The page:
You are welcome

The common greeting here when you are coming into someone’s home, office, or market stall is “You are welcome.” It sounds funny to us since no one said “Thank you.” The phrase makes perfect sense, of course. They are saying you are welcome to come into my place, welcome to be my guest, welcome to make yourself at home. It’s often repeated several times in those first couple minutes when you’ve arrived. And that is exactly how we have been welcomed to Uganda – with open arms, a wide smile, and an eager handshake.  We should have expected it, of course.  Christ has welcomed us all with arms held open on the cross.  It is certainly the case that His love holds together brothers and sisters in Christ - even across the oceans.  We have been wonderfully welcomed home.   When you arrive, we will say also to you, "You are welcome."  -Shauen


We have arrived!

Dear Brothers and Sisters, Friends, Supporters,and Family,

We have safely arrived in Kampala.  I'm writing from my supervisor's dining room, right across the street from our house.  Praise the Lord for safe travels and no lost luggage.  We'll be writing more as soon as we can. 

God bless you all!  -Shauen


The Day After Tomorrow

The day after tomorrow we'll be in Uganda.  We leave tomorrow, Sunday, around noon from Sea-Tac airport.  But we arrive in Uganda on Monday night, Uganda time.  Right now I'm still trying to figure out what time it'll be here in the states.  Krista added a sweet widget on the right hand side of our Uganda page that tells what time it is in Uganda.  I think we'll arrive on Monday morning, U.S. time.

Yesterday we had an amazing afternoon.  We've had some difficulty establishing residency in Washington state because our permanent address is a post office box so all our mail has that address which (according to the nice people at the department of licensing) does not prove residency.  So we've already been turned away from getting our Washington State driver's licenses once.  Friday afternoon we were waiting for a package to be delivered that was coming by UPS direct to the house so it would have our physical address on it.  By 2:30pm it hadn't arrived.  This was our last business day before departure.  At 2:30pm.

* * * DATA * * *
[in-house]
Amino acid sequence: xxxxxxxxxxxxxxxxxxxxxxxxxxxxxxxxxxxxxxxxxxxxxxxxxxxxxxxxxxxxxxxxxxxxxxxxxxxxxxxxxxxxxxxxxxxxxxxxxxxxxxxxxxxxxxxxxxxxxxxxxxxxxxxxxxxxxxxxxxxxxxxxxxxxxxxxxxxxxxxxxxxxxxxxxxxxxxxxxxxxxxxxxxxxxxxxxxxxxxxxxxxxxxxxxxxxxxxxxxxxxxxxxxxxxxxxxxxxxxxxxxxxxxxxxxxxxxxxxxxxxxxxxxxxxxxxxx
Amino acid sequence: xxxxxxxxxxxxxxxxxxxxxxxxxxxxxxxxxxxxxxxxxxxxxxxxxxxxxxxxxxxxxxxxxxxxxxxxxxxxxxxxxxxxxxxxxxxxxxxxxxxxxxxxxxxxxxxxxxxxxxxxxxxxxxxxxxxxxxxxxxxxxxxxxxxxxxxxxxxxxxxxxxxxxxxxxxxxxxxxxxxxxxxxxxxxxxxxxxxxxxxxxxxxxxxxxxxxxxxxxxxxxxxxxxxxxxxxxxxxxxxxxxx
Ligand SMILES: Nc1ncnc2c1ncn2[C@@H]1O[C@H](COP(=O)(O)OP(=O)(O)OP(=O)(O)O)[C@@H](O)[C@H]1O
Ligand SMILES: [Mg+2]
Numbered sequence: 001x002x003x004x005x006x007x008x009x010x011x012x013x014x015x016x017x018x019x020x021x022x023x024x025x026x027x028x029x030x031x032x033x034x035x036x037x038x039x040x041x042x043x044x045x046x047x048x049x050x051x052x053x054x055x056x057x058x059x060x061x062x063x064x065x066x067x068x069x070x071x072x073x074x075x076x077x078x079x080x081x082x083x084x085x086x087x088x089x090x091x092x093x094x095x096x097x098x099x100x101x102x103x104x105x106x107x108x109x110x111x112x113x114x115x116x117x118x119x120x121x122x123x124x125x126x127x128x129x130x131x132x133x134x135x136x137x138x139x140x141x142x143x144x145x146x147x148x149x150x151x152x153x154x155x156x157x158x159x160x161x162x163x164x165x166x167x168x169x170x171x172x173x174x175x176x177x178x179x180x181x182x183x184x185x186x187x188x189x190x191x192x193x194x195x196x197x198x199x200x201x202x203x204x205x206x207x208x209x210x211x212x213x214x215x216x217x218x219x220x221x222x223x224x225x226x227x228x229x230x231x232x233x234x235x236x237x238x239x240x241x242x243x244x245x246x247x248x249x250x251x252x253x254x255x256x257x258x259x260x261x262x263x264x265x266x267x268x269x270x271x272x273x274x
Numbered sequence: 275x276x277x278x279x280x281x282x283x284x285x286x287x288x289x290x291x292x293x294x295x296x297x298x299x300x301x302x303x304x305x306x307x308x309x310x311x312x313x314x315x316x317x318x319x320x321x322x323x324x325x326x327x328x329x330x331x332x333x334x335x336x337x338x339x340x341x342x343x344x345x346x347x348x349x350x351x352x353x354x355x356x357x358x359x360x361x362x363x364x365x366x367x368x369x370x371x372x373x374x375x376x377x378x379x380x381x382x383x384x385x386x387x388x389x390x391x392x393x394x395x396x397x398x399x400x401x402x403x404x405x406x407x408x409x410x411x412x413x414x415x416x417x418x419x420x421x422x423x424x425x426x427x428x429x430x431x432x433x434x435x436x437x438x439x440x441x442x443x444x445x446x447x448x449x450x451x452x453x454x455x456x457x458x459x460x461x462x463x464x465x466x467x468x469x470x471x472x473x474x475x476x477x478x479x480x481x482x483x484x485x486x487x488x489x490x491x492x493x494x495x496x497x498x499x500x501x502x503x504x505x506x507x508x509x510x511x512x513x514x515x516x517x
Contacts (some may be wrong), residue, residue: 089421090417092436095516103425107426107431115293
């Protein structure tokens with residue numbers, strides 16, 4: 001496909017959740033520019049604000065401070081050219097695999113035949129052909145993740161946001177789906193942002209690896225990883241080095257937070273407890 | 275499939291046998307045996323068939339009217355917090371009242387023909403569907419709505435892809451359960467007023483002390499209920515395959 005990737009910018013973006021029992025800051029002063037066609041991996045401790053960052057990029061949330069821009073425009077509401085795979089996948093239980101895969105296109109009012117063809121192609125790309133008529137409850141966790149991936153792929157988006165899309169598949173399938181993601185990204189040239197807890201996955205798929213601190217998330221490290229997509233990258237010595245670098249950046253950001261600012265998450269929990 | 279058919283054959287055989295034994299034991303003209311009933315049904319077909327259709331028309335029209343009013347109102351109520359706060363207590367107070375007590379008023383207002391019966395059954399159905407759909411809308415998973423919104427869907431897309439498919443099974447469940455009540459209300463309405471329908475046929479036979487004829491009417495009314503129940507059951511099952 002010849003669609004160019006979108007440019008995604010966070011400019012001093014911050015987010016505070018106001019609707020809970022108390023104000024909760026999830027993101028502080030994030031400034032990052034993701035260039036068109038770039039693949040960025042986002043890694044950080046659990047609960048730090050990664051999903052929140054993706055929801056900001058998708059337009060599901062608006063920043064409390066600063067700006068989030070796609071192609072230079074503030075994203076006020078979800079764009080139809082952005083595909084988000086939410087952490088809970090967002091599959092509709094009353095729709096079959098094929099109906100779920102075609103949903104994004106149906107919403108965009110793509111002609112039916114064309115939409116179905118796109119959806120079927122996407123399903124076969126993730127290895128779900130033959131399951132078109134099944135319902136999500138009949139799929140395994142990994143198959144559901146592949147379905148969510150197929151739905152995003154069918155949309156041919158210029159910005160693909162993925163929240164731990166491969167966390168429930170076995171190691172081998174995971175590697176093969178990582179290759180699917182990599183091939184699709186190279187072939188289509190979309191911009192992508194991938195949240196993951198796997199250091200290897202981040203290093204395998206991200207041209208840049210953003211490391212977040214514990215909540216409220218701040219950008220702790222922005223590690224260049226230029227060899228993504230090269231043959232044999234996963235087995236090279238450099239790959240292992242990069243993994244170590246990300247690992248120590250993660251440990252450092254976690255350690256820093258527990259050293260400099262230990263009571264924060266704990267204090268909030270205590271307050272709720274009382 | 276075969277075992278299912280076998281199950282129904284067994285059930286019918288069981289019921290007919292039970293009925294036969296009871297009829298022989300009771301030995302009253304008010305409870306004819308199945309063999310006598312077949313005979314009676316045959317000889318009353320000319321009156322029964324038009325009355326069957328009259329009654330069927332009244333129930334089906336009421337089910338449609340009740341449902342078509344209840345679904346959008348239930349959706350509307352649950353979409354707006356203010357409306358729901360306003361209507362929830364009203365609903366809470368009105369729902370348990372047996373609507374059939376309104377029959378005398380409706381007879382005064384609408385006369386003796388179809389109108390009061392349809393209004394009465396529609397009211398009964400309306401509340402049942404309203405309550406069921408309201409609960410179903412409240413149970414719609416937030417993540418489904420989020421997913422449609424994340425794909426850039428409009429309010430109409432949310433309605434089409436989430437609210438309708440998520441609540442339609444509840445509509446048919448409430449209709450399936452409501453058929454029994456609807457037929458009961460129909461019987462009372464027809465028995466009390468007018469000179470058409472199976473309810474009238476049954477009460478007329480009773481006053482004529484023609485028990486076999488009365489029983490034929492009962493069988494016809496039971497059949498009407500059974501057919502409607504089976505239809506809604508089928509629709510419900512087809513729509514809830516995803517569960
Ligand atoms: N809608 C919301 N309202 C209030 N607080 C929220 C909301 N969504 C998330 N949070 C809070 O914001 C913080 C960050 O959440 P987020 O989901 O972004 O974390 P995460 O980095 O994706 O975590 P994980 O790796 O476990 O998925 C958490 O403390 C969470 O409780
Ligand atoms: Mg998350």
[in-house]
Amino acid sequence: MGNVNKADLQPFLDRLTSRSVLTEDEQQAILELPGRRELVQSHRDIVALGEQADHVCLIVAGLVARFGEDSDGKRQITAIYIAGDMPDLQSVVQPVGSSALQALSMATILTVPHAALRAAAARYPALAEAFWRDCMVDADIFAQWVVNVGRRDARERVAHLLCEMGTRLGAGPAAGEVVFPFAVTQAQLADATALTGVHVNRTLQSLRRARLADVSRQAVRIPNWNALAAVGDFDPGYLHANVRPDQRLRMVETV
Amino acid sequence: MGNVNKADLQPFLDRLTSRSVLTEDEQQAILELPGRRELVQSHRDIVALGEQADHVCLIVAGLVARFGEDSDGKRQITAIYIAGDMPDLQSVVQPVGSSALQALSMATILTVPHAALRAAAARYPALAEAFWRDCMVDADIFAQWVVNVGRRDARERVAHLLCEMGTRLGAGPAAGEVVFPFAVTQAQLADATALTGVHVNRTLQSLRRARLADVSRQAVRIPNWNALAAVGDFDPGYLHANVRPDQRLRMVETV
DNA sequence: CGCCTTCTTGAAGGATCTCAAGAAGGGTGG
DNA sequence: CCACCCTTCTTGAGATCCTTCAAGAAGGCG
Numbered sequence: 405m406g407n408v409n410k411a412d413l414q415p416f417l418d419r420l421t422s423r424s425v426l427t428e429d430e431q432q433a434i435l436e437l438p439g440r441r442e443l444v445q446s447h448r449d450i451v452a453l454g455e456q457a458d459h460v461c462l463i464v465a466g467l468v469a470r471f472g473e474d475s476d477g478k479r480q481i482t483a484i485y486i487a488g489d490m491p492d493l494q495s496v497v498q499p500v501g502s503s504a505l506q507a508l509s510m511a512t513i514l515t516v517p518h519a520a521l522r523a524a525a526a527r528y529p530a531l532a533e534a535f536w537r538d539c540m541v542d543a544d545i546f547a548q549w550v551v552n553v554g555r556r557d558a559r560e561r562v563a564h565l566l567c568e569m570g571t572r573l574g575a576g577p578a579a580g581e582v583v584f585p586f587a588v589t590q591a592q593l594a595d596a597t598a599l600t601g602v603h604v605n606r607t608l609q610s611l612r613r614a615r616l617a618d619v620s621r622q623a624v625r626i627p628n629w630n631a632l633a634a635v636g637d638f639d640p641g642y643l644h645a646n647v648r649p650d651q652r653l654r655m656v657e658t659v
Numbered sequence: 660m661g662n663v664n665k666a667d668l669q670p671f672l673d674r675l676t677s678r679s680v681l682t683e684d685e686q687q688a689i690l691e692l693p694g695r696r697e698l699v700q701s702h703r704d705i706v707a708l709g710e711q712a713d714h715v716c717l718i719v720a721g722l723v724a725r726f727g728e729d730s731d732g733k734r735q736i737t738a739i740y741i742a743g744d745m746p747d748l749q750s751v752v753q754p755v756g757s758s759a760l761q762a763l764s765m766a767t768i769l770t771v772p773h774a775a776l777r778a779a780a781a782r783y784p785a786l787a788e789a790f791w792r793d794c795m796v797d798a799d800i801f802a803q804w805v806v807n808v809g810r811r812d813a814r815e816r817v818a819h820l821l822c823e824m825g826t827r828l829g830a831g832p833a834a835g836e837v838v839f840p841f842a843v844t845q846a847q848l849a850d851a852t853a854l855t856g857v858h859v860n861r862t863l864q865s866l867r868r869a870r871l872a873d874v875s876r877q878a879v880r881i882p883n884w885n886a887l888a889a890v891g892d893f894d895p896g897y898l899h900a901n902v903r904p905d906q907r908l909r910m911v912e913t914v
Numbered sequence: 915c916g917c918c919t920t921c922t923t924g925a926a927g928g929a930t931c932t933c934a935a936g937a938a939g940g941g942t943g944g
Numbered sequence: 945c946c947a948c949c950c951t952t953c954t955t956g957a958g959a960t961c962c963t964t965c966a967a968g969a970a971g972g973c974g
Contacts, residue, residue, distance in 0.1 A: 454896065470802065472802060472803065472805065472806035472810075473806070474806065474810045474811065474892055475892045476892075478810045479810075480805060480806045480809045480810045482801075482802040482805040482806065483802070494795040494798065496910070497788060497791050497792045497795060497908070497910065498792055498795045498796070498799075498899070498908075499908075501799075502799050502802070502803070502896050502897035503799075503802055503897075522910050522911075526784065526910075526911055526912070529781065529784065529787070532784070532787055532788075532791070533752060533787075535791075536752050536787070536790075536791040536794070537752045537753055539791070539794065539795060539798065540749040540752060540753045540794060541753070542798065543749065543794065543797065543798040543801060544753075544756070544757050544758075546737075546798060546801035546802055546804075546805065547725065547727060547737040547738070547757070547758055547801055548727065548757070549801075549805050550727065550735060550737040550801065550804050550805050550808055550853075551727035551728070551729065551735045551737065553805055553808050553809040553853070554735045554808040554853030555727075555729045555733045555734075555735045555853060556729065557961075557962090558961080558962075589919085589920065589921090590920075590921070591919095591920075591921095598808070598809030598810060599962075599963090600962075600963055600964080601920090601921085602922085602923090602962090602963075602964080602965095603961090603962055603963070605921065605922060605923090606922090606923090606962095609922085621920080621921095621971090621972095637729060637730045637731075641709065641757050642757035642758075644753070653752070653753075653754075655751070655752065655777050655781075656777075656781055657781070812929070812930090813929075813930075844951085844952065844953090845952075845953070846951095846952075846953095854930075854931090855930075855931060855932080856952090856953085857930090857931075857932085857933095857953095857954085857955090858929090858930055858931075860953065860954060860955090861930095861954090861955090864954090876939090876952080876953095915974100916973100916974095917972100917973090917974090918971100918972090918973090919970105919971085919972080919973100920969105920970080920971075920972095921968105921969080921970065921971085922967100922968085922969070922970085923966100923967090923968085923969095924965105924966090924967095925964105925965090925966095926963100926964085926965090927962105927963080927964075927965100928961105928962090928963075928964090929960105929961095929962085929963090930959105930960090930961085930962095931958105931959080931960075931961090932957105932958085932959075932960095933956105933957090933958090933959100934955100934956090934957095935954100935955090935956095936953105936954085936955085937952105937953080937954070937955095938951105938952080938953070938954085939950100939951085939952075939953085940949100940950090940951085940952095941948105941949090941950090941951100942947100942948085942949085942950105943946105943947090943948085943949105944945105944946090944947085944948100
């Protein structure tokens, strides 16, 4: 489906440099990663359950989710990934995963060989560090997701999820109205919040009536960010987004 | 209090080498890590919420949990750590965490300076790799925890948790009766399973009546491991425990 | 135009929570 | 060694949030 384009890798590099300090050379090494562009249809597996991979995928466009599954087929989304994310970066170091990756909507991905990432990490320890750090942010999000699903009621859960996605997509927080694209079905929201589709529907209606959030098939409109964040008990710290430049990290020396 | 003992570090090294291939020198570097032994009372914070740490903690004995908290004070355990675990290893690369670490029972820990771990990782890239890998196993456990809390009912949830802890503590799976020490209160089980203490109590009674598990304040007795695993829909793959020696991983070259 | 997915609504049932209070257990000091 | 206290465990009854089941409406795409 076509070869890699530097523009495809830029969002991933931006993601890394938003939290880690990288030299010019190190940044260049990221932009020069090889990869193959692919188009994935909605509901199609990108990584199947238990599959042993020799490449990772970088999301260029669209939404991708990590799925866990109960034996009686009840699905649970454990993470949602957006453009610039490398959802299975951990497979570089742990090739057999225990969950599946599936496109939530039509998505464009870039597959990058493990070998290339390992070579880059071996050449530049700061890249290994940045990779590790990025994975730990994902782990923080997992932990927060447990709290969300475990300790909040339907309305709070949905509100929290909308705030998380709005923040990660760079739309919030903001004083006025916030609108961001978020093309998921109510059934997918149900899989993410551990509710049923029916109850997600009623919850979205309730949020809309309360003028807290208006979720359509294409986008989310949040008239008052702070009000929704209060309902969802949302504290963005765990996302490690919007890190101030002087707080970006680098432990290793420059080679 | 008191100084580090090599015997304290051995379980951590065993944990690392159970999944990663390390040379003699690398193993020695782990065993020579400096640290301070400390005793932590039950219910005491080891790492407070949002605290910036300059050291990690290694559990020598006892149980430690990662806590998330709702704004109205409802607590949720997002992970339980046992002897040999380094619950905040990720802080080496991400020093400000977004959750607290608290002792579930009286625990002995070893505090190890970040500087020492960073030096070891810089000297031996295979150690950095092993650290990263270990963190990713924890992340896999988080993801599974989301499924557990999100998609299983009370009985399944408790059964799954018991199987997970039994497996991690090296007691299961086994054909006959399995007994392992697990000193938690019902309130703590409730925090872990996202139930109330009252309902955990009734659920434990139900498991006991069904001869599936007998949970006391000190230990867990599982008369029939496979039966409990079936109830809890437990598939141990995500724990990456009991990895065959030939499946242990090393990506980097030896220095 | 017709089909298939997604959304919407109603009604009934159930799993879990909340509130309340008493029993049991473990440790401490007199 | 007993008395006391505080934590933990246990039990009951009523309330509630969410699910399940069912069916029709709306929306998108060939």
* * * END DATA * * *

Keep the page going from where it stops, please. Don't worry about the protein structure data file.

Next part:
1. We set out at 2:39pm from my parent's house for the roughly 30 minute drive to Tacoma, stopping along the way to pick up a year's supply of contact lenses.  What we really needed was them to write me a receipt with our physical address on it.  There was no line at the contact lens place.
  2. Our second stop was at the Voter Registration office in Tacoma which went without a hitch.  We didn't really need to register to vote so early before the next election but we did need to get a voter registration card (to prove residency).  Again, no line.
  3. Our third stop was downtown Tacoma to get our background checks for our work permits in Uganda.  We got there a few minutes before closing.  There was only one person in line ahead of us.
  4. Then back across town to the department of licensing.  We walked in and pulled number 340.  They were helping number 290-something when we arrived.  We were called up to the front about 2 minutes before closing time.  They were SO NICE!  They welcomed me "back" to Washington state and issued us licenses! 
  5. With new licenses in hand, then, we had to high-tail it across town again to get to the AAA office for our International Driving Permits.  Once again, we arrived minutes before closing and there was no line at all.

I'm completely amazed at what we got done in the span of three hours.  My Mom was an awesome chauffer providing door-to-door service and lots of emotional support.  God provided hardly any traffic, fast stop lights, and perfect timing with easy waiting lines.  And He somehow kept us calm (at least outwardly calm) throughout our quest which was good because it's not generally a good thing to be all anxious and nervous when applying for a license or background check. 

It'll be different in Uganda.  As my supervisor says, "If you get one thing done in a single day you're doing pretty good."  I feel like a cliff diver gathering myself one last time before the dive.  I'm in that moment of a long, slow blink where you know what's in front of you, you know what you're going to do, but you can't see over the edge just yet.  If it weren't for that amazing lifeguard in the sky (Psalm 121), I'd be scared to death. 

See you on the flip side!  




2 days and counting...

Well, it is Thursday night and in two days we will be boarding our flight to Uganda. I have no idea what life will be like next week at this time. It is exciting and terrifying at the same time. It feels like there are a million things to do, all of them equally important, and surely, if not accomplished, disaster will occur! Of course, this is only my stress and anxiety speaking. I am looking forward to arriving, settling in, and making Uganda my home. Of course before that can happen, we have to finish packing!! Two more suitcases to pack and two more days to go, I can't wait!  -Krista

Page 1 ... 20 21 22 23 24